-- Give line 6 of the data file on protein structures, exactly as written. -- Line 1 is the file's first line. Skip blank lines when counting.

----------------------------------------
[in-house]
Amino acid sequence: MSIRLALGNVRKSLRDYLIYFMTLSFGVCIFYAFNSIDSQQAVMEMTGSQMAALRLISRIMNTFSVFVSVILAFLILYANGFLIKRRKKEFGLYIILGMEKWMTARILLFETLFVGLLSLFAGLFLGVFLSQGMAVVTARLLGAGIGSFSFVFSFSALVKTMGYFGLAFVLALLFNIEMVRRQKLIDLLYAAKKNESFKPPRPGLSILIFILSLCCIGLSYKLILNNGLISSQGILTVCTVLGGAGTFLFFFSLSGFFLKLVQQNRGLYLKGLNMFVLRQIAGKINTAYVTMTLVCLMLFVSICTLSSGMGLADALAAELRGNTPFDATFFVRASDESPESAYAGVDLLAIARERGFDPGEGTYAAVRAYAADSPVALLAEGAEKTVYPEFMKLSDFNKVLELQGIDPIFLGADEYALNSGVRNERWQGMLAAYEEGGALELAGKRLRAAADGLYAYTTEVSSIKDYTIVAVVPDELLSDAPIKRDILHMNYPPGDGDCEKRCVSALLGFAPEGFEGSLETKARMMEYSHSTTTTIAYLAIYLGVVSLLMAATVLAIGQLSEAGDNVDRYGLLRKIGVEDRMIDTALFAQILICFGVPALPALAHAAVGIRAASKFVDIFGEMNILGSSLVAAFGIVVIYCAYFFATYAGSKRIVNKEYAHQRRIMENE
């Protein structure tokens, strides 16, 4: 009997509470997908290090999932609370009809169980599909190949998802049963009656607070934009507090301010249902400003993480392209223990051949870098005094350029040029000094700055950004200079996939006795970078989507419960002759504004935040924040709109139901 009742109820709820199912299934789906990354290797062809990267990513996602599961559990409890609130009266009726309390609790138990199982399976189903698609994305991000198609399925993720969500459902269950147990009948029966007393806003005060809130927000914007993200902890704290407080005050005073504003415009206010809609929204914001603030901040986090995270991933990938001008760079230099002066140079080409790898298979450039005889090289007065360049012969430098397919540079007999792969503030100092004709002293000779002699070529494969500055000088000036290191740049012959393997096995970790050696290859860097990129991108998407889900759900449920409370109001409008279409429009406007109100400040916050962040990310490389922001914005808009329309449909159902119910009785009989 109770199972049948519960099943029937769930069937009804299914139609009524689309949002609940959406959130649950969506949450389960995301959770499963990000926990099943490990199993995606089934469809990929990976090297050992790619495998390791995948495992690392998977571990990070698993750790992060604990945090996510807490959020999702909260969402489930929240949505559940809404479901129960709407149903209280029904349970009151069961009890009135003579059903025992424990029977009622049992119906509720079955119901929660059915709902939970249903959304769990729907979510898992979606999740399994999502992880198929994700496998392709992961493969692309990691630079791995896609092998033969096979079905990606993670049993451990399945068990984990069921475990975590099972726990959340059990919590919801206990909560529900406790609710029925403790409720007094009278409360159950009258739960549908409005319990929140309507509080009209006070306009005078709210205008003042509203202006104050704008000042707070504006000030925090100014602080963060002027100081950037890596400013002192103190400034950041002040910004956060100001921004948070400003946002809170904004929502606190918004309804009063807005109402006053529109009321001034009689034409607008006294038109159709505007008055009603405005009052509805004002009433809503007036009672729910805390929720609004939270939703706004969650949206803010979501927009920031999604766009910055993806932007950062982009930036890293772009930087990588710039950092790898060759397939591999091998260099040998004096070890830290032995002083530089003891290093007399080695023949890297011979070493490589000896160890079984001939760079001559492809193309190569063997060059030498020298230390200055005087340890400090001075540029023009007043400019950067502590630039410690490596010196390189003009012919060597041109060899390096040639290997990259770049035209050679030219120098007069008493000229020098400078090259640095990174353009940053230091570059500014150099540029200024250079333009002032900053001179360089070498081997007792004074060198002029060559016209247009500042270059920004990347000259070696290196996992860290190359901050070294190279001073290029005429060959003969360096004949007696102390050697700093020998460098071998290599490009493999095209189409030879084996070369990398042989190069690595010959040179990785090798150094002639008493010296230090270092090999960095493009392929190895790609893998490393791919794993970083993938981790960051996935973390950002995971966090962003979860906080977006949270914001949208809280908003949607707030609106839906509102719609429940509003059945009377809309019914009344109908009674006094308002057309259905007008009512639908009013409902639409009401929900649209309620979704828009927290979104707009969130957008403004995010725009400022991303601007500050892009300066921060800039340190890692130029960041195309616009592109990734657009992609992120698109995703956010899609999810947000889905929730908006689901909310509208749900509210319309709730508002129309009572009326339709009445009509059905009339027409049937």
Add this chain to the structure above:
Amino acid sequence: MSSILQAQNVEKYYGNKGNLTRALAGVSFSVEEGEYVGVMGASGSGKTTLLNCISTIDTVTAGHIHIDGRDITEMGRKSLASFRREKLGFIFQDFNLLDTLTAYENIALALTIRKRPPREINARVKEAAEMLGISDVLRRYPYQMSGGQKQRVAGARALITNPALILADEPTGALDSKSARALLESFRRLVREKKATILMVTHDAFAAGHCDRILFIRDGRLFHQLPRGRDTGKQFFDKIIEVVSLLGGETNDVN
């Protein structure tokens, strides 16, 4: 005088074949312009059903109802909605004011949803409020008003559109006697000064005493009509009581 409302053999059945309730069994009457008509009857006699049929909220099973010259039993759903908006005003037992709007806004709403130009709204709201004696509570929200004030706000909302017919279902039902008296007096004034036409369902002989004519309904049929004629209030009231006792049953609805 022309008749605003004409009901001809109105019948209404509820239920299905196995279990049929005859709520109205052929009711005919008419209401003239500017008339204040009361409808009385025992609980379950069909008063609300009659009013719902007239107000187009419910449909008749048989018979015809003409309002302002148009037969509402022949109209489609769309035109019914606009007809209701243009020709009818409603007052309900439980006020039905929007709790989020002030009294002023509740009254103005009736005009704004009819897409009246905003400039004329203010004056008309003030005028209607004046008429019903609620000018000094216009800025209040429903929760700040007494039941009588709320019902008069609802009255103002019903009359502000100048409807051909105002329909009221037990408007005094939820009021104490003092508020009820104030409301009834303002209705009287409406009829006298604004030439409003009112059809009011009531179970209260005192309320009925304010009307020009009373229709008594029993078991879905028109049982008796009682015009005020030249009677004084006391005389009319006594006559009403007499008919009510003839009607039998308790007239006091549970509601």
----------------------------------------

């Protein structure tokens, strides 16, 4: 005088074949312009059903109802909605004011949803409020008003559109006697000064005493009509009581 409302053999059945309730069994009457008509009857006699049929909220099973010259039993759903908006005003037992709007806004709403130009709204709201004696509570929200004030706000909302017919279902039902008296007096004034036409369902002989004519309904049929004629209030009231006792049953609805 022309008749605003004409009901001809109105019948209404509820239920299905196995279990049929005859709520109205052929009711005919008419209401003239500017008339204040009361409808009385025992609980379950069909008063609300009659009013719902007239107000187009419910449909008749048989018979015809003409309002302002148009037969509402022949109209489609769309035109019914606009007809209701243009020709009818409603007052309900439980006020039905929007709790989020002030009294002023509740009254103005009736005009704004009819897409009246905003400039004329203010004056008309003030005028209607004046008429019903609620000018000094216009800025209040429903929760700040007494039941009588709320019902008069609802009255103002019903009359502000100048409807051909105002329909009221037990408007005094939820009021104490003092508020009820104030409301009834303002209705009287409406009829006298604004030439409003009112059809009011009531179970209260005192309320009925304010009307020009009373229709008594029993078991879905028109049982008796009682015009005020030249009677004084006391005389009319006594006559009403007499008919009510003839009607039998308790007239006091549970509601």